Are CDs worth it?
Certificates of deposit aren’t sexy. While stocks and cryptocurrency receive a lot of buzz, CDs can seem old-fashioned and boring by comparison.
However, CDs are shedding their lackluster reputation and experiencing a resurgence in popularity. According to the Wall Street Journal, balances in CDs have skyrocketed, going from $36.5 billion in April 2022 to $418.4 billion in January 2023. That's because CD rates have soared. CD rates today can top 5%, far exceeding the typical savings account's annual percentage yield, or APY.
Are certificates of deposit worth it? CDs can be a good way to grow your money with relatively low levels of risk. High-yield CDs offer higher APYs than savings accounts, and you can choose terms that meet your needs. However, CDs do require you to sacrifice some liquidity, so they’re best for people who don’t need the money to cover immediate expenses or short-term goals.
Before depositing your money, learn how CDs work and their benefits and drawbacks.
The upside of CDs: Higher returns
If you’ve looked at traditional savings accounts lately, you may be surprised at how little many pay in interest. Opening a CD instead may allow you to earn a higher return on your money.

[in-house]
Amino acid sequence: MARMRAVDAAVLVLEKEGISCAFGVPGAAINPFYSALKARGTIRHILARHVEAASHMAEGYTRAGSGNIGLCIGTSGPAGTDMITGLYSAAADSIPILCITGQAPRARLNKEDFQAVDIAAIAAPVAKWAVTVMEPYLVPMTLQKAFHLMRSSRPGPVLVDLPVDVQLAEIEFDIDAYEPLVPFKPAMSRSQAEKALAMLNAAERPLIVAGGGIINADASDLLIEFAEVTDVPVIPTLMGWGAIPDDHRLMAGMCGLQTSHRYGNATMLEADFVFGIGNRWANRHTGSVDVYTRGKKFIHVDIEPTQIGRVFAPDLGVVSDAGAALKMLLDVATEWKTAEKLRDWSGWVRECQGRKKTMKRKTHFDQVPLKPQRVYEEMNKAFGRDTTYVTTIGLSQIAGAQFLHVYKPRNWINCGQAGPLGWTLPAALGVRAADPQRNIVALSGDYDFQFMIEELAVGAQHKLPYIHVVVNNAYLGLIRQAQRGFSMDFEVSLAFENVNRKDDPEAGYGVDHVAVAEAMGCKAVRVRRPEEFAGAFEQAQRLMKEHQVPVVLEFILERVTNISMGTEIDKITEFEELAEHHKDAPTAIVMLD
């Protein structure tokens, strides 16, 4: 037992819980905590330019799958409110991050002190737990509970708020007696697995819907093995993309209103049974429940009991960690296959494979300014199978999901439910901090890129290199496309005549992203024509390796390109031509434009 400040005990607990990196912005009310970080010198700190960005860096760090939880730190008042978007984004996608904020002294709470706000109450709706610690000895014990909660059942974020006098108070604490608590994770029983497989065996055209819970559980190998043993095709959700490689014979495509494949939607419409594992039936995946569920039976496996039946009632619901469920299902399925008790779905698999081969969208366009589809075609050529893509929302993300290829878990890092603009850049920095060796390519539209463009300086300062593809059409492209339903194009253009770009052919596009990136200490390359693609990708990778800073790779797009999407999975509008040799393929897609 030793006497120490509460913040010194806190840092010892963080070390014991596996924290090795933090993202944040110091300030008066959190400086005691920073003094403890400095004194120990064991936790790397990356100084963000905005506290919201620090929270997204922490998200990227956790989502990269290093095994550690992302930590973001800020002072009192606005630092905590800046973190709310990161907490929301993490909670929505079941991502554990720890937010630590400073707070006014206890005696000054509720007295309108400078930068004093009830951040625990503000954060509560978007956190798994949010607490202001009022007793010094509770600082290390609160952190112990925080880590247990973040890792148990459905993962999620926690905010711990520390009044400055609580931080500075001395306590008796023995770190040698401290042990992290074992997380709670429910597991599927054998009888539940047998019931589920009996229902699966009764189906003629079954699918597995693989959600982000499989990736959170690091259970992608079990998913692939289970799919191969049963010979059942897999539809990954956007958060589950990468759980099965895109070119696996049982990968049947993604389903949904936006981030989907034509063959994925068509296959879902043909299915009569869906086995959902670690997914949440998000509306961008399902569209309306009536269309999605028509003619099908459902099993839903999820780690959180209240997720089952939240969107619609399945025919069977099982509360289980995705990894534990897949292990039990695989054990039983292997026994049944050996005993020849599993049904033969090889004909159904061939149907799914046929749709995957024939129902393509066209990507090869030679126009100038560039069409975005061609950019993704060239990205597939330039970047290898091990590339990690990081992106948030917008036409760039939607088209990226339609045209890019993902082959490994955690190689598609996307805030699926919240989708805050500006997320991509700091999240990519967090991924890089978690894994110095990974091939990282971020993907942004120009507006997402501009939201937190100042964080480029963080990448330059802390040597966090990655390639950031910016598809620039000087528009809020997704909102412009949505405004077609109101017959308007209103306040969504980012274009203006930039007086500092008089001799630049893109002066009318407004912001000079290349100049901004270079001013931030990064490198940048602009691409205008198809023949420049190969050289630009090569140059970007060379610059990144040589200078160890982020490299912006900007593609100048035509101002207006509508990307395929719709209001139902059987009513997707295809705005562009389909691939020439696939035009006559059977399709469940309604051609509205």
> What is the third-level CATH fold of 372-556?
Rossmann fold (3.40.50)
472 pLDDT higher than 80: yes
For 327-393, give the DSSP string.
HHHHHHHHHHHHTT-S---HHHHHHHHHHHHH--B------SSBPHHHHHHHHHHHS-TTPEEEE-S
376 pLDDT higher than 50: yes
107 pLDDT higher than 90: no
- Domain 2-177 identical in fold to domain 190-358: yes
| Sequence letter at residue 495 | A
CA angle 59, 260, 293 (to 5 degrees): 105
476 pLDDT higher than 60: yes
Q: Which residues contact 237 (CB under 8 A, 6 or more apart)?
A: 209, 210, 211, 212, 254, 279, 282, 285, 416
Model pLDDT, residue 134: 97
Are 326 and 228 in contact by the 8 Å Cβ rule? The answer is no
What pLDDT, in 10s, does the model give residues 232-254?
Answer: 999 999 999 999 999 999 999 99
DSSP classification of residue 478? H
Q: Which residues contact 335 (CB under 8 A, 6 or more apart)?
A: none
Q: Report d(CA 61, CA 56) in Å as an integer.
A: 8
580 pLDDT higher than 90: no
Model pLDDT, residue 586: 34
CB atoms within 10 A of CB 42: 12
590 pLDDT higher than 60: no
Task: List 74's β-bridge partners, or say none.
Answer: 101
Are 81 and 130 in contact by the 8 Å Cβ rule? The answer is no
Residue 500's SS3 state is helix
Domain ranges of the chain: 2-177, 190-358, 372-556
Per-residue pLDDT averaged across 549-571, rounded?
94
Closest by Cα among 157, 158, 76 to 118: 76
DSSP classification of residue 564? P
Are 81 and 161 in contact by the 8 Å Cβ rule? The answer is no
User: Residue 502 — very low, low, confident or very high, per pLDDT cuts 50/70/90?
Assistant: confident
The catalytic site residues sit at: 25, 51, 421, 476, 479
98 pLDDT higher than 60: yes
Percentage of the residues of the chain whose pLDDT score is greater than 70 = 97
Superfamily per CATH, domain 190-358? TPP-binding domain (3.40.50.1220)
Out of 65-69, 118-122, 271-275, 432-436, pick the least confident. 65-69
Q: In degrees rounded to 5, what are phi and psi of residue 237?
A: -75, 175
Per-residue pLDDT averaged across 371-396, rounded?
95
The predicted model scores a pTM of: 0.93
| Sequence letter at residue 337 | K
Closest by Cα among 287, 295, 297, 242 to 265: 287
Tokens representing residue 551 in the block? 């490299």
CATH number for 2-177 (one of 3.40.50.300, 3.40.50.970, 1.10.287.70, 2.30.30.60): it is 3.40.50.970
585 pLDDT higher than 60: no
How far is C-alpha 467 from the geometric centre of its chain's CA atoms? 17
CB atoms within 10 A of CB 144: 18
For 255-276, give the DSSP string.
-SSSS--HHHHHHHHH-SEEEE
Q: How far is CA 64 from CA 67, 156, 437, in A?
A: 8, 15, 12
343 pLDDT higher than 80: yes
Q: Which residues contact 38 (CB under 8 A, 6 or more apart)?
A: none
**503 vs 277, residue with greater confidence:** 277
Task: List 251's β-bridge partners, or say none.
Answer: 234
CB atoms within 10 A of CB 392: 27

CDs are a type of deposit account that you can open through banks, credit unions, and other financial institutions. With a CD, you deposit money and commit to holding it in the account for a specific period, ranging from one month to 10 years, or even longer. In exchange, the bank pays you higher interest.
The interest is usually paid in regular intervals and once the CD “matures” — reaches the end of its term — you receive the principal amount and the accrued interest. Once the CD reaches its maturity date, you can either cash it out or roll it over into a new CD to continue earning interest.
Generally, CDs provide higher yields than traditional savings accounts. As of May 15, 2023, the last reported data, the average rate for a 12-month CD was 1.59% — about three times higher than the average rate for savings accounts.
But — as with high-yield savings accounts — you may find much higher rates by shopping around. You’ll tend to find the highest CD rates at online banks that have no brick-and-mortar branches. If you can, though, compare the best CD rates from all of them.
How do CDs compare with other account types?
Although CDs are increasingly popular, they aren’t the only way to make your money grow. Depending on your financial situation and your goals, you may be better off with one of the following options:
Traditional savings accounts
High-yield savings accounts, or HYSAs
CDs vs. traditional savings accounts
A savings account is a popular option to stash money for a rainy day. You can open a savings account with a bank or credit union and earn interest on the amount in the account.
Although CDs and traditional savings accounts can both be useful tools, they differ in several key ways: